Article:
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Physical unit
Unit name farad
Unit symbol
Physical quantity (s) Electrical capacitance
Formula symbol
system International system of units
In SI units
Named after Michael Faraday
Derived from Coulomb , volt

Farad is the unit of measurement used in the International System of Units (SI) for electrical capacitance . It was named after Michael Faraday .

A capacitor that stores a charge of one coulomb (C) by charging to a voltage of one volt (V) has a capacity of one farad (F):


The majority of capacitors used in electrical engineering have values ​​that are considerably smaller than a farad, so that information with the aid of SI prefixes such as microfarad (µF = 10 −6  F), nanofarad (nF = 10 −9  F) and Picofarads (pF = 10 −12  F) are encountered.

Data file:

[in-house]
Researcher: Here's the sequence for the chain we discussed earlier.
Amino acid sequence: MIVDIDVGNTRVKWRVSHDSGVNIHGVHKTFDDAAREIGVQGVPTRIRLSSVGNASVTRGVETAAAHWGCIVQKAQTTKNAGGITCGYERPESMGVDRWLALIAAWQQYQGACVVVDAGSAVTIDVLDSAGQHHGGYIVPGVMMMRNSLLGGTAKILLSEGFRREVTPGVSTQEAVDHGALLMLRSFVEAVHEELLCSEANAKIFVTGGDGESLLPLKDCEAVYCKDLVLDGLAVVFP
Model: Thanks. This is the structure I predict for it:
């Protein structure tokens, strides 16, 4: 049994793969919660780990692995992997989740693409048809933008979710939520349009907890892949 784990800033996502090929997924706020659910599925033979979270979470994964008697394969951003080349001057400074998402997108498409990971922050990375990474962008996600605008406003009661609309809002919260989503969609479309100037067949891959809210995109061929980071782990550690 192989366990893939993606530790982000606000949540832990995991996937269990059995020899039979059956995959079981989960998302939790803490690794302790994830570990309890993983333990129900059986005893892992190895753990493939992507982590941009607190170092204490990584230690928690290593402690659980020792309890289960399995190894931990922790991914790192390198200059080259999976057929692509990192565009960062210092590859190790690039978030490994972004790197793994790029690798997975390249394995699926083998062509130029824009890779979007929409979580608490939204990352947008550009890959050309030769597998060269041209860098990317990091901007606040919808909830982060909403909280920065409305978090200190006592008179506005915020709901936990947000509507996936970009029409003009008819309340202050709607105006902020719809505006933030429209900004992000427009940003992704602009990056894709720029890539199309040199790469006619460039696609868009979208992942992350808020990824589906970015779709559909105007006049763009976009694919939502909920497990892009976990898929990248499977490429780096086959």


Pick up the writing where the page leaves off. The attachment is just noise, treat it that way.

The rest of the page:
The term Farad was introduced by the two English electrical engineers Josiah Latimer Clark and Charles Tilston Bright in honor of the English physicist Michael Faraday and proposed in 1861 as a unit for the electrical charge . In 1881, however , the International Electricity Congress established the farad as the unit for electrical capacity and the coulomb (after the French physicist Charles Augustin de Coulomb ) as the unit for electrical charge.

Web links

Wiktionary: Farad  - explanations of meanings, word origins, synonyms, translations